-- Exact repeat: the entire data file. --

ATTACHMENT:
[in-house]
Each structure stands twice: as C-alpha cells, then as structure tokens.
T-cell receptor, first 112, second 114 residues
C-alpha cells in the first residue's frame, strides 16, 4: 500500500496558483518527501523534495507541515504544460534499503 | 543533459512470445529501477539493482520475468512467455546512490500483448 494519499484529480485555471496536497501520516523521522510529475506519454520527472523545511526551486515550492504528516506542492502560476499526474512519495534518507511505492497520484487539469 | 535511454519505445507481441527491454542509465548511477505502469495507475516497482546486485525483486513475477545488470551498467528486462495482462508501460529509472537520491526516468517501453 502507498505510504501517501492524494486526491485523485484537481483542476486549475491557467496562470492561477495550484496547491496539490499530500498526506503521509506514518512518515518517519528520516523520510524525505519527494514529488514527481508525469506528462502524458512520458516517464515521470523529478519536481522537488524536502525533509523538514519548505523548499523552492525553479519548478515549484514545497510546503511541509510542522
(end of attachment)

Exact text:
[in-house]
Each structure stands twice: as C-alpha cells, then as structure tokens.
T-cell receptor, first 112, second 114 residues
C-alpha cells in the first residue's frame, strides 16, 4: 500500500496558483518527501523534495507541515504544460534499503 | 543533459512470445529501477539493482520475468512467455546512490500483448 494519499484529480485555471496536497501520516523521522510529475506519454520527472523545511526551486515550492504528516506542492502560476499526474512519495534518507511505492497520484487539469 | 535511454519505445507481441527491454542509465548511477505502469495507475516497482546486485525483486513475477545488470551498467528486462495482462508501460529509472537520491526516468517501453 502507498505510504501517501492524494486526491485523485484537481483542476486549475491557467496562470492561477495550484496547491496539490499530500498526506503521509506514518512518515518517519528520516523520510524525505519527494514529488514527481508525469506528462502524458512520458516517464515521470523529478519536481522537488524536502525533509523538514519548505523548499523552492525553479519548478515549484514545497510546503511541509510542522